For hospitals struggling to cut costs, the idea of adding beds — particularly expensive ICU beds — wasn’t particularly appealing. True, some hospitals added critical care beds, but this barely kept up with population growth and demand. In fact, studies over past 20 years have highlighted that while the system can handle normal levels of patient admissions, it’s ill-prepared to handle something like a pandemic.

But the problems beget by decades of cost-cutting and razor-thin margins don’t end with the availability of beds and emergency room care. They extend to the most basic materials used in hospitals.

Since 2000, a growing number of health care providers adopted the just-in-time inventory methods pioneered by auto manufacturers. Industry publications and academic articles alike have touted the cost savings that could come from pursuing this approach. In 2015, for example, a supply chain manager at Chicago’s Mercy Hospital told reporters, “It’s our job to make sure clinicians have what they need when they need it, but we must also make sure we don’t have too many dollars tied up in inventory.” Mercy proceeded to cut its on-hand inventory by 50%.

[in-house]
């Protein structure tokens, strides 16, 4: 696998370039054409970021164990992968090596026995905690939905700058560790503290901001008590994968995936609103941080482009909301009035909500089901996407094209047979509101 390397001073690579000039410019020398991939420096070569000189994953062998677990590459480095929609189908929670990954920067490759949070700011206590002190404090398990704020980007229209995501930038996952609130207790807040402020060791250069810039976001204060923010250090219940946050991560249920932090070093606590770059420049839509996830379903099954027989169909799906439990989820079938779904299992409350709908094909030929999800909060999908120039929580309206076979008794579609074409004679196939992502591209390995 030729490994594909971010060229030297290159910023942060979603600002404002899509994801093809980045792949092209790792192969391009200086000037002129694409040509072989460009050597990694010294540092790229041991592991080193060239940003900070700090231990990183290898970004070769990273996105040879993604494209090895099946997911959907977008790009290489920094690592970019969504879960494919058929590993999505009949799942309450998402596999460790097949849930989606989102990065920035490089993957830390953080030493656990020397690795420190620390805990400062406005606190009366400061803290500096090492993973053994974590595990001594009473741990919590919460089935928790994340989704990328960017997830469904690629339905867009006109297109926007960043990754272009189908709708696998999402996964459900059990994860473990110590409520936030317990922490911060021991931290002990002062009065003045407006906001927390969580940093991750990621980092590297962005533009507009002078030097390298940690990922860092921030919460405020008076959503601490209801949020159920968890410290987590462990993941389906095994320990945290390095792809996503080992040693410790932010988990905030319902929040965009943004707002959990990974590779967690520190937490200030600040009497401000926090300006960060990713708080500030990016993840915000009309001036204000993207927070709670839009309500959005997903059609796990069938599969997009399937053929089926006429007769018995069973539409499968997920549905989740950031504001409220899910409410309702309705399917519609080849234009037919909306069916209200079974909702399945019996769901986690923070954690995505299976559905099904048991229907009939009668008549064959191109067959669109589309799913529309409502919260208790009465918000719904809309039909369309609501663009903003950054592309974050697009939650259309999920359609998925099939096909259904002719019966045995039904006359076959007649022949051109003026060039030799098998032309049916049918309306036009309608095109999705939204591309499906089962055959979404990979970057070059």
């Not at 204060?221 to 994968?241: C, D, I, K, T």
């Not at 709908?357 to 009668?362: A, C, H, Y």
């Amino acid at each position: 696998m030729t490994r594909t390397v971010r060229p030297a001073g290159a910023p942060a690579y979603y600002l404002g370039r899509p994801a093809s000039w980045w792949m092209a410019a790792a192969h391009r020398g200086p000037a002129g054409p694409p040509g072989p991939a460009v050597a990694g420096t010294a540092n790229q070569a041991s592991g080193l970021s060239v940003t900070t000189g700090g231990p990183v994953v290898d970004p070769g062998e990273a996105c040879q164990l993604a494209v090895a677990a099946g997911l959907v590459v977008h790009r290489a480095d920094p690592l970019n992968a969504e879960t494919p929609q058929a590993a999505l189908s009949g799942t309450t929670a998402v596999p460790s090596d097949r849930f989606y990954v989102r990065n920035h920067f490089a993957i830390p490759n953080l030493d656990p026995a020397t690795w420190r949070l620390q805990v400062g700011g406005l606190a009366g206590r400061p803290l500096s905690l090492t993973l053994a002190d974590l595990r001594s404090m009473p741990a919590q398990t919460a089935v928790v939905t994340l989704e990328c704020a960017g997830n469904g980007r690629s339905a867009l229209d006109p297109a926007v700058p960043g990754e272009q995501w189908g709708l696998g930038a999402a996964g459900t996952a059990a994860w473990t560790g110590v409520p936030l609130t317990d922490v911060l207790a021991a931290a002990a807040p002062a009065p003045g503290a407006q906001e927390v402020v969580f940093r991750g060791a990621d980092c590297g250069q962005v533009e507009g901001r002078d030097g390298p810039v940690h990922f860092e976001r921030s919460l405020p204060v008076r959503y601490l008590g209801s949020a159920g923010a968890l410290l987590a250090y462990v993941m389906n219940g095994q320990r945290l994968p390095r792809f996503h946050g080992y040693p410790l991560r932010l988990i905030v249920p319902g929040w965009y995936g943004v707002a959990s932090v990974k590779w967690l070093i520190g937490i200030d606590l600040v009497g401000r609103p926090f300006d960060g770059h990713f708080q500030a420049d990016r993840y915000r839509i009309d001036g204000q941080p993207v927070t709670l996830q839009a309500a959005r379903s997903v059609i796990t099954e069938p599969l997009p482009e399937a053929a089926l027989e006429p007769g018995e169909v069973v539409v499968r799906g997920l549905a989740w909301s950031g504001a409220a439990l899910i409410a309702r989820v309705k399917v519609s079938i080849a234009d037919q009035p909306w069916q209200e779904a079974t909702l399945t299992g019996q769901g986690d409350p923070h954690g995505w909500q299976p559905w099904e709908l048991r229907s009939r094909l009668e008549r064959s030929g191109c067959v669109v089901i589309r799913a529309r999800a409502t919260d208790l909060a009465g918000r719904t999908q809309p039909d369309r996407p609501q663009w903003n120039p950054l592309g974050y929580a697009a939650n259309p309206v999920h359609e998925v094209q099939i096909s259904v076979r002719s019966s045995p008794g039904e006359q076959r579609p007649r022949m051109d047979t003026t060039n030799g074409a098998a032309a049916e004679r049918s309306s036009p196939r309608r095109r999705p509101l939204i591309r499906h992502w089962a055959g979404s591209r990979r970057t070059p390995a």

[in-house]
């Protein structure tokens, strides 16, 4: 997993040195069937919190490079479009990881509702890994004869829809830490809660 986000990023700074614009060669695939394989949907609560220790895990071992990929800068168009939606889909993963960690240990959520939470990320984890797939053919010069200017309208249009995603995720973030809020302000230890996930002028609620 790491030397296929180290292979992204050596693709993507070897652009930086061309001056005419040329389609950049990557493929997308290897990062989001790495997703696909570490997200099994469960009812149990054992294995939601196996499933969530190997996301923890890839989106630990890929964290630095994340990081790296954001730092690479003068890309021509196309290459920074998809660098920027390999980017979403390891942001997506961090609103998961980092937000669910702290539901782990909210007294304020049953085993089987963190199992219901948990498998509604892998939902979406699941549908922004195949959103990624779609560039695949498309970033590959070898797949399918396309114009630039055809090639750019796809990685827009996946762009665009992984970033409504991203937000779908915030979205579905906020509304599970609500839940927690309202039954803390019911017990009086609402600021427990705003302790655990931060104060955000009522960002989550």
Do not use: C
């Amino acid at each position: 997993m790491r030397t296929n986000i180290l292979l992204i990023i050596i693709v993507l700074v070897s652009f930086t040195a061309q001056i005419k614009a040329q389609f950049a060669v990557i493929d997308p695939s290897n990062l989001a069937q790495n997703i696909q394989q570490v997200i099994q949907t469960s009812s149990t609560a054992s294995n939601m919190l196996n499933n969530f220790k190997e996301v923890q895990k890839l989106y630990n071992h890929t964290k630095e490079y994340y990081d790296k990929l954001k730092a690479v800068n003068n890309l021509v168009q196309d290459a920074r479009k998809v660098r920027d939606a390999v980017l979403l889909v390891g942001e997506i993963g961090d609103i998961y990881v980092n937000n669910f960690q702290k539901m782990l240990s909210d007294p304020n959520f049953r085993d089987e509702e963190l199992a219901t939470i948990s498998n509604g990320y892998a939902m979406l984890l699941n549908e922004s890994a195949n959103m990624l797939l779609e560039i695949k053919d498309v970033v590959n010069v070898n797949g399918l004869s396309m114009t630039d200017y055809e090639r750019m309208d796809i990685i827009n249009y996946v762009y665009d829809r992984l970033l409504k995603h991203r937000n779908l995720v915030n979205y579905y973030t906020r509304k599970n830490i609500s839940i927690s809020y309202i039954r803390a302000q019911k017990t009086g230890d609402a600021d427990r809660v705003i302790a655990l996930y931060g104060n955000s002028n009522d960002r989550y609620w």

This included the equipment most critical for handling a pandemic, such as respirators. Michael Osterholm, an infectious disease expert who has long warned that the U.S. is unready to handle the influx of patients caused by an outbreak, recently noted: “No health care organization has gone out and stockpiled lots of personal protective equipment. They have always bought it on a just-in-time basis.”

Again, keeping costs to a minimum is laudable in normal times, even necessary. The same can be said for all the other cost-cutting measures unleashed on hospitals in recent decades. And yet, it may have set us up for disaster.

In the end, the pandemic may do more than kill people and sow chaos. It may do something more shocking still: destroy the quaint belief that market forces can cure all that ails us.

Stephen Mihm is an associate professor of history at the University of Georgia. From Bloomberg Opinion.